The topic of standardization plays a very important role in H2020 research projects like MEDINA. On one hand, projects are expected to constantly survey the standardization landscape in order to facilitate early adopters the integration of contributed frameworks into their own ecosystems. On the other hand, projects can contribute their outcomes to relevant standards as a mean to support their sustainability (even after the project’s lifetime). In this context, it is important to adopt a broad notion of “standardization”, as referred not only to the activities of established Standards Developing Organizations (SDOs like ISO/IEC and ETSI), but also to those taking place within Standards Setting Organizations (SSOs e.g., Cloud Security Alliance). In both cases, a fruitful/efficient collaboration can be only built if the project develops the right strategy for interacting with relevant SDOs and SSOs.
Which are the elements to develop such an strategic approach to standardization? When is the right point for projects to start working on the standardization topic? Despite there is no easy answer to both of these questions, in an upcoming series of blogposts we will discuss some lessons learned from the MEDINA perspective to maximize the benefits of standardization, in particular related to the topic of continuous certification. For the time being, needless to say that every standardization strategy should first provide an answer to the question: why standards are relevant for our project? This is not just a rhetorical question, but it should really provide awareness to the different Work Packages about their expectation (and potential contribution) to the standardization field. Let us take a quick look on how MEDINA’s technical work packages approach this question:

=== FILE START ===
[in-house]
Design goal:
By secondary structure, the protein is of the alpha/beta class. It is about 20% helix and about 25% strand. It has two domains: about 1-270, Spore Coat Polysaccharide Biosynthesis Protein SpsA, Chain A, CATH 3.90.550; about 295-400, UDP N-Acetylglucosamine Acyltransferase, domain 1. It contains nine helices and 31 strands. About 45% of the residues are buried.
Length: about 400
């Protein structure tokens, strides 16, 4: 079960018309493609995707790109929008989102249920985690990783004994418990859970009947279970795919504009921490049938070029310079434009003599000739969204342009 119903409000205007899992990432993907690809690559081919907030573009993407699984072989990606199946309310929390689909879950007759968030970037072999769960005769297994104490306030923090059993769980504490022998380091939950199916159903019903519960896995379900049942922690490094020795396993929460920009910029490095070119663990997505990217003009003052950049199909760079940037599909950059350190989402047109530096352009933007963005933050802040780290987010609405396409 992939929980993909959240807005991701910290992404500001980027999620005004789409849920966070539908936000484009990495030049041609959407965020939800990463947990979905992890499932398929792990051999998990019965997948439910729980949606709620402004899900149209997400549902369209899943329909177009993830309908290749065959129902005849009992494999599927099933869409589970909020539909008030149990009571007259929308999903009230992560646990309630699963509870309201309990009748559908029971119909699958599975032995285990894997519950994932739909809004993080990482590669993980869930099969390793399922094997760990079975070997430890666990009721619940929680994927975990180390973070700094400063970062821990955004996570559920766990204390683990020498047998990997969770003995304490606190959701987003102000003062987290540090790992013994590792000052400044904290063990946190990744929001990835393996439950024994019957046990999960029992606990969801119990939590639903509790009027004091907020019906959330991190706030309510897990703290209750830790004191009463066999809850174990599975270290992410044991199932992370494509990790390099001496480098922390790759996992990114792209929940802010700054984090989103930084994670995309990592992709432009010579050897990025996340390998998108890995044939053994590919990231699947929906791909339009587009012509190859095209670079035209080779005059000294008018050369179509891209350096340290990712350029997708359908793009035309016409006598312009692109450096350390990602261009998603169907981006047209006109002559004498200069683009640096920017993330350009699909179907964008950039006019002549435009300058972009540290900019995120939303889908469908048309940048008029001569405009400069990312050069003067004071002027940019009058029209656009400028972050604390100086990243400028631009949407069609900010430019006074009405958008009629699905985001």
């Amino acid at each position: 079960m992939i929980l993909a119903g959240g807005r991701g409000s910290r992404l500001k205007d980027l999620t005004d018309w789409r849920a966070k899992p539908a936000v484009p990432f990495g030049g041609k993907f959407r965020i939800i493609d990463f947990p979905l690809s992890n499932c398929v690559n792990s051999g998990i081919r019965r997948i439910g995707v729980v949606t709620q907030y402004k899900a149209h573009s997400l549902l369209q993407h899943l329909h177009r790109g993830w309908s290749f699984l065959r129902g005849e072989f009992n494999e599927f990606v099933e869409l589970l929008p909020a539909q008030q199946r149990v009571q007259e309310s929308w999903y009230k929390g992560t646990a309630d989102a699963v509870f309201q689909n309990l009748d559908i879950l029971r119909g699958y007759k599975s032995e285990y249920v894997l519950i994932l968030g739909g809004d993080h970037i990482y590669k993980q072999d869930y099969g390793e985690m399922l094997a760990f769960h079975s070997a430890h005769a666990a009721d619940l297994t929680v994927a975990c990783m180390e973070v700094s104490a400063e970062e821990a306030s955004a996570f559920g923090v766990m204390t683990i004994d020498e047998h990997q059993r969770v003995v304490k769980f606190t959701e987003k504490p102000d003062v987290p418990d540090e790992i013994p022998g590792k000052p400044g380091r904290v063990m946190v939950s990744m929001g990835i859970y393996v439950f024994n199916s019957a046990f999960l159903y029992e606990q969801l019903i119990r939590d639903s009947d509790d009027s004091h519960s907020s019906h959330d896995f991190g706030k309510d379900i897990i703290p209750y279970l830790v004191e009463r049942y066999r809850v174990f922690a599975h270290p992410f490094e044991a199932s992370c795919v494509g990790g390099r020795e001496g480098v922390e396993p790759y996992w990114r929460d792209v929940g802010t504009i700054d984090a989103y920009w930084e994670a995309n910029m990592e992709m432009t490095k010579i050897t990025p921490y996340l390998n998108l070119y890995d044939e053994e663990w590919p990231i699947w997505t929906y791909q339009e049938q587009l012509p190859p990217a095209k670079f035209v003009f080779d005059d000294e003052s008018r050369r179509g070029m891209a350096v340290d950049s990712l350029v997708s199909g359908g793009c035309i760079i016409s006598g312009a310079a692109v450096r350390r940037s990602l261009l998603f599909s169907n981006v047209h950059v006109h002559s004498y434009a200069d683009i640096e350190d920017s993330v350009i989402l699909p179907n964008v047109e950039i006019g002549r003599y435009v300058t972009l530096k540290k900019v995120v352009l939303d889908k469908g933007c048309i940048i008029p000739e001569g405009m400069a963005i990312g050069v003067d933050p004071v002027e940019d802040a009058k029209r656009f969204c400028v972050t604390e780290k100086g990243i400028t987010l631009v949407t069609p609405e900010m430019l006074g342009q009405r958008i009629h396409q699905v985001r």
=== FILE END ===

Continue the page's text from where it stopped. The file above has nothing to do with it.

|Technical Work Package||What we get from SDO/SSO? (Example)||What we contribute to SDO/SSO? (Example)|
|WP2 – Certification Metrics and Specification Languages||Catalogues of industrial-recommended metrics like this one from CSA, which are then analyzed both from the EUCS perspective and MEDINA’s framework-side.||The set of metrics elicited by the MEDINA team (derived from EUCS), is expected to be contributed to relevant standardization bodies like CEN CENELEC. This activity is expected to last even after the project’s lifetime.|
|WP3 – Tools to Gather Evidences for High-Assurance Cybersecurity Certification||Terminology and conformance assessment processes based on ISO/IEC 17065:2012, which are then interpreted from a “continuous” perspective in the development of the MEDINA framework.||The EUCS notion of “continuous” is not only disrupting the way Cloud Service Providers implement cybersecurity, but also the methodologies applied by Conformance Assessment Bodies to assess those implementations as scale. The relevant methodologies are an expected MEDINA contribution, which will be targeting specific standardization activities like the referred ISO/IEC 17065:2012.|
|WP4 – Continuous Life-Cycle Management of Cloud Security Certifications||Alignment to the core EUCS requirements (December-2020 draft) related to the design of the maintenance lifecycle for certificates.||The criteria to be defined by MEDINA in order to manage the EUCS certificate’s lifecycle, will be contributed to the implementation guidelines to be documented by ENISA after the release of EUCS.|
The table above shows basic examples about how MEDINA creates synergies with the relevant standardization landscape as driven by corresponding activities in WP7. There is more than meets the eye behind MEDINA’s standardization, and this will be in the focus of this ongoing series of blogposts related to such an interesting topic. Stay tuned!